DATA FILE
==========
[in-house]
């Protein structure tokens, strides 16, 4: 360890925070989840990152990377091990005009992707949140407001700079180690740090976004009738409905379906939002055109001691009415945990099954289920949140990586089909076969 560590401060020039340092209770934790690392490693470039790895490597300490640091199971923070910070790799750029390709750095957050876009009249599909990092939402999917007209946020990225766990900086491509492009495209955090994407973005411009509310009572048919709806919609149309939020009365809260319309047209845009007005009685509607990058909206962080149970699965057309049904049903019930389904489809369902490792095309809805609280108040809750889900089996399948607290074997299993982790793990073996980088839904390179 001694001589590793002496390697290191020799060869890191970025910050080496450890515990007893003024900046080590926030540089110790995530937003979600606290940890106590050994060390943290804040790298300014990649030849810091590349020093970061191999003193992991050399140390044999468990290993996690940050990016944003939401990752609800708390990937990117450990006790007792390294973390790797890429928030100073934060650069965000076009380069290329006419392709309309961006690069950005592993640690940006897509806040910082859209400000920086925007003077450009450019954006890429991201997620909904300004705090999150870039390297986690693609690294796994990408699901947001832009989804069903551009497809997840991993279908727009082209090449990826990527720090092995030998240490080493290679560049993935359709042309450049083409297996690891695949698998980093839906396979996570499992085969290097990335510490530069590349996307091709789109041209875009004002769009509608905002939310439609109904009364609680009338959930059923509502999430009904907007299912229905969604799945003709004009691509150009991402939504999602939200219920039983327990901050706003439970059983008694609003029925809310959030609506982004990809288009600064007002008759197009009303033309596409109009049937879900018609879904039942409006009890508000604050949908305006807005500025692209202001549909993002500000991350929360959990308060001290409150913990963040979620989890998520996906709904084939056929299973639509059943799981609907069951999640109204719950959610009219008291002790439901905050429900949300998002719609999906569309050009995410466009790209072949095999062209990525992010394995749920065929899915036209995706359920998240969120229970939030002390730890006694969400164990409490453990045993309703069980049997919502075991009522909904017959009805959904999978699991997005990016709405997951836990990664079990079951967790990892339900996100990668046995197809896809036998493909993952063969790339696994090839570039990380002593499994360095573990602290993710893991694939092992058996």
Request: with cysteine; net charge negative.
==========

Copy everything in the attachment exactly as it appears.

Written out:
[in-house]
């Protein structure tokens, strides 16, 4: 360890925070989840990152990377091990005009992707949140407001700079180690740090976004009738409905379906939002055109001691009415945990099954289920949140990586089909076969 560590401060020039340092209770934790690392490693470039790895490597300490640091199971923070910070790799750029390709750095957050876009009249599909990092939402999917007209946020990225766990900086491509492009495209955090994407973005411009509310009572048919709806919609149309939020009365809260319309047209845009007005009685509607990058909206962080149970699965057309049904049903019930389904489809369902490792095309809805609280108040809750889900089996399948607290074997299993982790793990073996980088839904390179 001694001589590793002496390697290191020799060869890191970025910050080496450890515990007893003024900046080590926030540089110790995530937003979600606290940890106590050994060390943290804040790298300014990649030849810091590349020093970061191999003193992991050399140390044999468990290993996690940050990016944003939401990752609800708390990937990117450990006790007792390294973390790797890429928030100073934060650069965000076009380069290329006419392709309309961006690069950005592993640690940006897509806040910082859209400000920086925007003077450009450019954006890429991201997620909904300004705090999150870039390297986690693609690294796994990408699901947001832009989804069903551009497809997840991993279908727009082209090449990826990527720090092995030998240490080493290679560049993935359709042309450049083409297996690891695949698998980093839906396979996570499992085969290097990335510490530069590349996307091709789109041209875009004002769009509608905002939310439609109904009364609680009338959930059923509502999430009904907007299912229905969604799945003709004009691509150009991402939504999602939200219920039983327990901050706003439970059983008694609003029925809310959030609506982004990809288009600064007002008759197009009303033309596409109009049937879900018609879904039942409006009890508000604050949908305006807005500025692209202001549909993002500000991350929360959990308060001290409150913990963040979620989890998520996906709904084939056929299973639509059943799981609907069951999640109204719950959610009219008291002790439901905050429900949300998002719609999906569309050009995410466009790209072949095999062209990525992010394995749920065929899915036209995706359920998240969120229970939030002390730890006694969400164990409490453990045993309703069980049997919502075991009522909904017959009805959904999978699991997005990016709405997951836990990664079990079951967790990892339900996100990668046995197809896809036998493909993952063969790339696994090839570039990380002593499994360095573990602290993710893991694939092992058996």
Request: with cysteine; net charge negative.